Staatsweingut Weinsberg

Staatsweingut Weinsberg is a winery owned and run by the Government of Baden-Wuerttemberg. Germany is a federal state with 3 levels of government: federal, state and local. At the federal level, there is no government ownership in the wine industry, but there is extensive involvement at the state level. In addition, there is government ownership at the local level.

Pictures: At Staatsweingut Weinsberg

At the state level, there are 2 kinds of involvements. First, there are wine estates that are government owned, but operate like private wineries. There are five such wine estates in Germany and all of them are large. Second, there are government wine estates that produce and sell wine, but also fulfill other functions, notably research and education. The second group I understand is treated like government departments and is accounted for in the national accounts in the government sector.

For more, see:
The Role of Government - Government Owned Wineries in Germany

Staatsweingut Weinsberg falls into the second category; it is a department of the Government of Baden-Wuerttemberg. It is part of a school and research institute, which was initiated and planned by Immanuel August Ludwig Dornfeld (1796-1869), the father of the well known Dornfelder grape variety, and built in 1868 as the "Royal School of Viticulture" under King Charles I of Württemberg (1823-1891), the first viticultural school of Germany.

Today, between 30 to 50 students are at the school with the aim to become a Weinbautechniker (vocational winemaker training). This is a winemaker degree below the bachelor level. The school also trains coopers.

As for research, new grape varieties developed here include Acolon, Cabernet Dorio, Cabernet Dorsa, Cabernet Mitos, Dornfelder, Kerner, and Silcher.

Staatsweingut Weinsberg has 40 hectares of vines, some of which are planted in the estate’s solely owned Weinsberger Schemelsberg and Abstatter Burg Wildeck. Riesling, Lemberger and Pinots dominate.

Picture: Starting with a Justinus K.

Managing Director of the Staatsweingut Weinsberg is Günter Bäder. Gerhard Wächter is the Winemaker. Annual production amounts to 20.000 cases. The Staatsweingut also produces sparkling wine and spirits. The Staatsweingut Weinsberg is a member of the VDP, the association of German elite winemakers.

Lunch: Waldschenke Hoernle in Stromberg-Heuchelberg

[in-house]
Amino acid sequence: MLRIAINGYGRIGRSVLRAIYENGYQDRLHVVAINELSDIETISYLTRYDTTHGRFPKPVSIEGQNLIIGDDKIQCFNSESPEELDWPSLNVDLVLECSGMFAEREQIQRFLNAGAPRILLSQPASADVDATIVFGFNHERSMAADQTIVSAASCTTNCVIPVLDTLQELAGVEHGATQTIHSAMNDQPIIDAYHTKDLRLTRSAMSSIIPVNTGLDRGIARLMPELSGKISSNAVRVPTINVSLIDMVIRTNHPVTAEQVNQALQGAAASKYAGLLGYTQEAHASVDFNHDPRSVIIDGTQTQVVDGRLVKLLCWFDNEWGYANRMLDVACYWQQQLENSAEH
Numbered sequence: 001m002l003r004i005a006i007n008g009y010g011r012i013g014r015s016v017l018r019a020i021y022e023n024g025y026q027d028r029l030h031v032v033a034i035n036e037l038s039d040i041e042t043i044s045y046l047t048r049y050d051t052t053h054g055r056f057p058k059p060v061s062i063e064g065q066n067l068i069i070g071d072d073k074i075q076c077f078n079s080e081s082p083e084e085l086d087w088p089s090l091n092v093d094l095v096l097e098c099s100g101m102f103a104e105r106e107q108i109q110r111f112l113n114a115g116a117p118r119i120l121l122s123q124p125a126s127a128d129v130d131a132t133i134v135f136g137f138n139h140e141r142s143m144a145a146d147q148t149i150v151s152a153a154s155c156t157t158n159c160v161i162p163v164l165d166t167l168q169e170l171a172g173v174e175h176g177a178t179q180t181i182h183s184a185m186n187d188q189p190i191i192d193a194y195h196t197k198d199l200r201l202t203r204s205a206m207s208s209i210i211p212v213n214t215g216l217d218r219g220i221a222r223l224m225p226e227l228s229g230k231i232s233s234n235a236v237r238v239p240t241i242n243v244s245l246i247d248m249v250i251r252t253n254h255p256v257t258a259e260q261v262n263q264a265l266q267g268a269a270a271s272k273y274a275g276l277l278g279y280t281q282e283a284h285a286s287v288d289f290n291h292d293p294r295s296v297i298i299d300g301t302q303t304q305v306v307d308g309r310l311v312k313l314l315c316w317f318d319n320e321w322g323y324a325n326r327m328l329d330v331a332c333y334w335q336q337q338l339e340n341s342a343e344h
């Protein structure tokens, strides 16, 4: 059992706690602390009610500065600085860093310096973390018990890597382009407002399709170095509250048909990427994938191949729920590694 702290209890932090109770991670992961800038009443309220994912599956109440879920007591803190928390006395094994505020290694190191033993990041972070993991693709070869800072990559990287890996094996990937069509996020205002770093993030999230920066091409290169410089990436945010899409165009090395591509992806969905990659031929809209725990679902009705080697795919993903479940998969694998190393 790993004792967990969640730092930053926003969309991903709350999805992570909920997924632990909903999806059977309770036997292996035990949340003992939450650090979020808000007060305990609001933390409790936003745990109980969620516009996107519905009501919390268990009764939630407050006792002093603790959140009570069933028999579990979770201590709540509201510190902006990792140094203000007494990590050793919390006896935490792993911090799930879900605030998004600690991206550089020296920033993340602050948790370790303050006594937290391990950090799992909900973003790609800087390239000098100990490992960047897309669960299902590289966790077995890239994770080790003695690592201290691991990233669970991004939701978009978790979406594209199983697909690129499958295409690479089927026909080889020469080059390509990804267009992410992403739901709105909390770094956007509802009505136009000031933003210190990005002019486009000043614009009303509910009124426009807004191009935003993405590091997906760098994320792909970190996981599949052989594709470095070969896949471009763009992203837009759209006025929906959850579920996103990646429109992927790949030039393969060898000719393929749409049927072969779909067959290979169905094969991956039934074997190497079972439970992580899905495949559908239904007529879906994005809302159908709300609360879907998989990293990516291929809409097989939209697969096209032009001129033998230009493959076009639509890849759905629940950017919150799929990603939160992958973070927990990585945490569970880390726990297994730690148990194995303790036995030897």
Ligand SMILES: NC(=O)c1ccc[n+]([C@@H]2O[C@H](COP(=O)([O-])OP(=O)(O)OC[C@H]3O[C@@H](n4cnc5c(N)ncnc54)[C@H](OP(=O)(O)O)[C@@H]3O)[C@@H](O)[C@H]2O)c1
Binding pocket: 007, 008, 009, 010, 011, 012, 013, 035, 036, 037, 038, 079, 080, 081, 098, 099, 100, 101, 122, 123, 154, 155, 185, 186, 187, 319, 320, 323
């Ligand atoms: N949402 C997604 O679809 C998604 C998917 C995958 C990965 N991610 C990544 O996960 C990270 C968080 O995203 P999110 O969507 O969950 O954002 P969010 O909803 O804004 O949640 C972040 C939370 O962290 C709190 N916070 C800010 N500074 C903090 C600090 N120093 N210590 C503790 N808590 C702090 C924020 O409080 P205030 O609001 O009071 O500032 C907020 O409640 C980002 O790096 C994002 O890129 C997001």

Pictures: Annette Schiller (Ombiasy Wine Tours) and Katharina Schiller at Waldschenke Hoernle

Weingut Dautel

Weingut Dautel is in Bönnigheim and run by Ernst and Christian Dautel. Ernst Dautel is in his mid-60s. He just transferred formal ownership of the winery to his son Christian, who studied at Geisenheim Collegue and after a number of internships around the world is ready to take over. Ernst Dautel also studied at Geisenheim in the 1970s and then took over from his parents, who had previously delivered their grapes to the local cooperative. In the 1970s, it was a very small operation with just 1 hectare of vines. Since then, Ernst Dautel has expanded to 10.5 hectares of vineyards, all on the eastern extension of the Stromberg hill.

Picture: Christian G.E. Schiller at Weingut Dautel

Right from the beginning, Ernst Dautel went his own way. He was one of the first in Germany to ferment and age his red wine in barriques. Also, in the 1990s, he was one of the first winemakers to produce premium blends in Germany, such as the „Kreation Rot“, while Wuerttemberg was and still is dominated by single variety wines. Also, in 1988 he started to plant Chardonnay and other international grape varieties in Germany, which was very rare at the time.

Pictures: Ernst Dautel with Annette Schiller, Christian Schiller and Helmut Seufert

Today, red grapes account for 60%, including Lemberger, Pinot Meunier, Pinot Noir and Samtrot, and white grapes account for 40%, including Riesling, Chardonnay and Pinot Blanc. This represent - compared with the rest of Wuerttemberg - a high share of white wines.

Picture: Ernst Dautel

As a member of the VDP, Weingut Dautel is classifying its wines according to the new VDP classification (Gutswein, Ortswein, Erste Lage Wein and Grosse Lage Wein). But there are still elements of his previous classification (1 to 4 stars). Four star wines were wines aged for 2 years in barrique.

Picture: Christian G.E. Schiller and Christian Dautel